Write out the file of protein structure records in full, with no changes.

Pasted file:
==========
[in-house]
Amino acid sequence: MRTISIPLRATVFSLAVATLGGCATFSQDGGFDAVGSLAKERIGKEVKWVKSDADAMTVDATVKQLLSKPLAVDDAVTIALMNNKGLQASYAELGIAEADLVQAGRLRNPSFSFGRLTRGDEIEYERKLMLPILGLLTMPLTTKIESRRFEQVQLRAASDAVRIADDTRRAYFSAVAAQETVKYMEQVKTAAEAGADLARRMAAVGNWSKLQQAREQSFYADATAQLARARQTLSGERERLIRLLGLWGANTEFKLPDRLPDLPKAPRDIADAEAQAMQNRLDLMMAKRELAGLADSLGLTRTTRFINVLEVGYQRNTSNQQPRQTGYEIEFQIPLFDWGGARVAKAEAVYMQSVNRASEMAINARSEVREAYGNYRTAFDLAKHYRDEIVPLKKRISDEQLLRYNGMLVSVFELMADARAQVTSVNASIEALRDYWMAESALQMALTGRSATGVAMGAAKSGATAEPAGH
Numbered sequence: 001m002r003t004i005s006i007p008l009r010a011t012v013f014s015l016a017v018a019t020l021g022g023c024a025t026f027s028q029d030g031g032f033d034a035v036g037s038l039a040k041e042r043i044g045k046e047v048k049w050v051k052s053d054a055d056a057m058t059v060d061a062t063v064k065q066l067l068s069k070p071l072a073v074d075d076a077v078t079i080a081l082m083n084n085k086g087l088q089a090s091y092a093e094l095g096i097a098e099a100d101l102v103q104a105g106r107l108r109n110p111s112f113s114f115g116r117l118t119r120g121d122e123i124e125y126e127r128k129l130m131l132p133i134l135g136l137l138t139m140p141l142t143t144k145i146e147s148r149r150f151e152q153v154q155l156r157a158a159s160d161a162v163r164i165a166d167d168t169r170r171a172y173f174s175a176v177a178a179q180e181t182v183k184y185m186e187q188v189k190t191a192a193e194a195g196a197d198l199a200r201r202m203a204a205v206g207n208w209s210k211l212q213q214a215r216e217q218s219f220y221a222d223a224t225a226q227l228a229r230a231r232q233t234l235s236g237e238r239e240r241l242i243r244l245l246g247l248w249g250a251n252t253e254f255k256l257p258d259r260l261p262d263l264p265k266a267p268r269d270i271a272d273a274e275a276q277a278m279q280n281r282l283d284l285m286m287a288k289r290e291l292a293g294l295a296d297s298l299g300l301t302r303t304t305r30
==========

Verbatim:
[in-house]
Amino acid sequence: MRTISIPLRATVFSLAVATLGGCATFSQDGGFDAVGSLAKERIGKEVKWVKSDADAMTVDATVKQLLSKPLAVDDAVTIALMNNKGLQASYAELGIAEADLVQAGRLRNPSFSFGRLTRGDEIEYERKLMLPILGLLTMPLTTKIESRRFEQVQLRAASDAVRIADDTRRAYFSAVAAQETVKYMEQVKTAAEAGADLARRMAAVGNWSKLQQAREQSFYADATAQLARARQTLSGERERLIRLLGLWGANTEFKLPDRLPDLPKAPRDIADAEAQAMQNRLDLMMAKRELAGLADSLGLTRTTRFINVLEVGYQRNTSNQQPRQTGYEIEFQIPLFDWGGARVAKAEAVYMQSVNRASEMAINARSEVREAYGNYRTAFDLAKHYRDEIVPLKKRISDEQLLRYNGMLVSVFELMADARAQVTSVNASIEALRDYWMAESALQMALTGRSATGVAMGAAKSGATAEPAGH
Numbered sequence: 001m002r003t004i005s006i007p008l009r010a011t012v013f014s015l016a017v018a019t020l021g022g023c024a025t026f027s028q029d030g031g032f033d034a035v036g037s038l039a040k041e042r043i044g045k046e047v048k049w050v051k052s053d054a055d056a057m058t059v060d061a062t063v064k065q066l067l068s069k070p071l072a073v074d075d076a077v078t079i080a081l082m083n084n085k086g087l088q089a090s091y092a093e094l095g096i097a098e099a100d101l102v103q104a105g106r107l108r109n110p111s112f113s114f115g116r117l118t119r120g121d122e123i124e125y126e127r128k129l130m131l132p133i134l135g136l137l138t139m140p141l142t143t144k145i146e147s148r149r150f151e152q153v154q155l156r157a158a159s160d161a162v163r164i165a166d167d168t169r170r171a172y173f174s175a176v177a178a179q180e181t182v183k184y185m186e187q188v189k190t191a192a193e194a195g196a197d198l199a200r201r202m203a204a205v206g207n208w209s210k211l212q213q214a215r216e217q218s219f220y221a222d223a224t225a226q227l228a229r230a231r232q233t234l235s236g237e238r239e240r241l242i243r244l245l246g247l248w249g250a251n252t253e254f255k256l257p258d259r260l261p262d263l264p265k266a267p268r269d270i271a272d273a274e275a276q277a278m279q280n281r282l283d284l285m286m287a288k289r290e291l292a293g294l295a296d297s298l299g300l301t302r303t304t305r30